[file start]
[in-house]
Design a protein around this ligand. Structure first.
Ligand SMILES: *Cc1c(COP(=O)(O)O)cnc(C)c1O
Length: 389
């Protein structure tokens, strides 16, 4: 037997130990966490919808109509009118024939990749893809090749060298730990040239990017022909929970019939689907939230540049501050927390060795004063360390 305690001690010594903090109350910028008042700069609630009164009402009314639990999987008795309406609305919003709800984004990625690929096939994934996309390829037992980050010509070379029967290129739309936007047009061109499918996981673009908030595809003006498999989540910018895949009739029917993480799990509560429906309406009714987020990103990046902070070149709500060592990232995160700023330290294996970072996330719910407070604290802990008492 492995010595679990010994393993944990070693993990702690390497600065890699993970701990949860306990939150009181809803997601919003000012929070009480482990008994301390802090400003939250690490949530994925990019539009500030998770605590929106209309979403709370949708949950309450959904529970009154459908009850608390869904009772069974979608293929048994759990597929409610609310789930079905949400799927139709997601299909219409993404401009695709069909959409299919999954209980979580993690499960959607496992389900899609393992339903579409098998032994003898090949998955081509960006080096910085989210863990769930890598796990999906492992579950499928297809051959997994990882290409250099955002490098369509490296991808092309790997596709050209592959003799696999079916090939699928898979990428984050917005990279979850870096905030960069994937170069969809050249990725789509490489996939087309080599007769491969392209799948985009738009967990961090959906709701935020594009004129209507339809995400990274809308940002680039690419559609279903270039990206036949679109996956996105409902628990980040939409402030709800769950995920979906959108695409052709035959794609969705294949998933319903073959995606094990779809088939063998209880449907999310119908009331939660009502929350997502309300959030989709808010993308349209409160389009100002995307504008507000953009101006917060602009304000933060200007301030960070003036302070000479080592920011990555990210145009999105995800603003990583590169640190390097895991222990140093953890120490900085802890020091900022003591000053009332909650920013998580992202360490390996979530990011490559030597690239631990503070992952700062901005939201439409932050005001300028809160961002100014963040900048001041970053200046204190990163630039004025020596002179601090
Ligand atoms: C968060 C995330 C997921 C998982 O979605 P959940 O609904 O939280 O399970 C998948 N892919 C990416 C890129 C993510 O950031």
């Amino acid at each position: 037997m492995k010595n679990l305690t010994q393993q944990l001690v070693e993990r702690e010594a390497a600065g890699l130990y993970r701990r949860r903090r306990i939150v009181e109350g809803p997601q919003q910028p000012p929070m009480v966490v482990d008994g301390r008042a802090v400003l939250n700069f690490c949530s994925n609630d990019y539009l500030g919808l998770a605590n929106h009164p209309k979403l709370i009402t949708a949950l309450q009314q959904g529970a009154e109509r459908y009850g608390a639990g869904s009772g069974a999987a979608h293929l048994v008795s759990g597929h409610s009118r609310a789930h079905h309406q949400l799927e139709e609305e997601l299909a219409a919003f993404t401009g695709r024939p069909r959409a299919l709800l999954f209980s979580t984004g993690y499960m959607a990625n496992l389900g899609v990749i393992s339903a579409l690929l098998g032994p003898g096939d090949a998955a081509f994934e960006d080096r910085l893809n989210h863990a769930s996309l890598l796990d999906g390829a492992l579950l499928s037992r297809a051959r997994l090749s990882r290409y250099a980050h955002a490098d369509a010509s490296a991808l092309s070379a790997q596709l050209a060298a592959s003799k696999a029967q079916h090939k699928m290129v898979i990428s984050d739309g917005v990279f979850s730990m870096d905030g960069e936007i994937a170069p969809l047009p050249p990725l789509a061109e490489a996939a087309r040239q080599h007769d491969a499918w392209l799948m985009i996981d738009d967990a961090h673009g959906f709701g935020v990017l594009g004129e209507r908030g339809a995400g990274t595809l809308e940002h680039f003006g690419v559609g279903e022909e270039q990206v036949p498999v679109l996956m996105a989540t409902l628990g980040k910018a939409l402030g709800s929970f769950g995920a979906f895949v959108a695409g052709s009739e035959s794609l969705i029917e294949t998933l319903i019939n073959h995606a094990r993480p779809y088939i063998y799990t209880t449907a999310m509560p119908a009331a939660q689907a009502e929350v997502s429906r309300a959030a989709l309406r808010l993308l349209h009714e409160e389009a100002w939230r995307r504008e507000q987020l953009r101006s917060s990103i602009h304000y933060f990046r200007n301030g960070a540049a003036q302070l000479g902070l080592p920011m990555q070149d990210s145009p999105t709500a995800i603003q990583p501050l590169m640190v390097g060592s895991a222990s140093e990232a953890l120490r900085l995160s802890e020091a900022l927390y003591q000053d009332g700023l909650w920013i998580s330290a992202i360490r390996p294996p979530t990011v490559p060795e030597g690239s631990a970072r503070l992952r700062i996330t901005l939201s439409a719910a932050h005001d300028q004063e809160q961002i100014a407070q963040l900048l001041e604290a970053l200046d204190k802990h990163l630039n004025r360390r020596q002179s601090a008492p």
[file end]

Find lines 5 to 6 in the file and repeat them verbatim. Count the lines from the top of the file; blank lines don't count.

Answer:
């Protein structure tokens, strides 16, 4: 037997130990966490919808109509009118024939990749893809090749060298730990040239990017022909929970019939689907939230540049501050927390060795004063360390 305690001690010594903090109350910028008042700069609630009164009402009314639990999987008795309406609305919003709800984004990625690929096939994934996309390829037992980050010509070379029967290129739309936007047009061109499918996981673009908030595809003006498999989540910018895949009739029917993480799990509560429906309406009714987020990103990046902070070149709500060592990232995160700023330290294996970072996330719910407070604290802990008492 492995010595679990010994393993944990070693993990702690390497600065890699993970701990949860306990939150009181809803997601919003000012929070009480482990008994301390802090400003939250690490949530994925990019539009500030998770605590929106209309979403709370949708949950309450959904529970009154459908009850608390869904009772069974979608293929048994759990597929409610609310789930079905949400799927139709997601299909219409993404401009695709069909959409299919999954209980979580993690499960959607496992389900899609393992339903579409098998032994003898090949998955081509960006080096910085989210863990769930890598796990999906492992579950499928297809051959997994990882290409250099955002490098369509490296991808092309790997596709050209592959003799696999079916090939699928898979990428984050917005990279979850870096905030960069994937170069969809050249990725789509490489996939087309080599007769491969392209799948985009738009967990961090959906709701935020594009004129209507339809995400990274809308940002680039690419559609279903270039990206036949679109996956996105409902628990980040939409402030709800769950995920979906959108695409052709035959794609969705294949998933319903073959995606094990779809088939063998209880449907999310119908009331939660009502929350997502309300959030989709808010993308349209409160389009100002995307504008507000953009101006917060602009304000933060200007301030960070003036302070000479080592920011990555990210145009999105995800603003990583590169640190390097895991222990140093953890120490900085802890020091900022003591000053009332909650920013998580992202360490390996979530990011490559030597690239631990503070992952700062901005939201439409932050005001300028809160961002100014963040900048001041970053200046204190990163630039004025020596002179601090
Ligand atoms: C968060 C995330 C997921 C998982 O979605 P959940 O609904 O939280 O399970 C998948 N892919 C990416 C890129 C993510 O950031």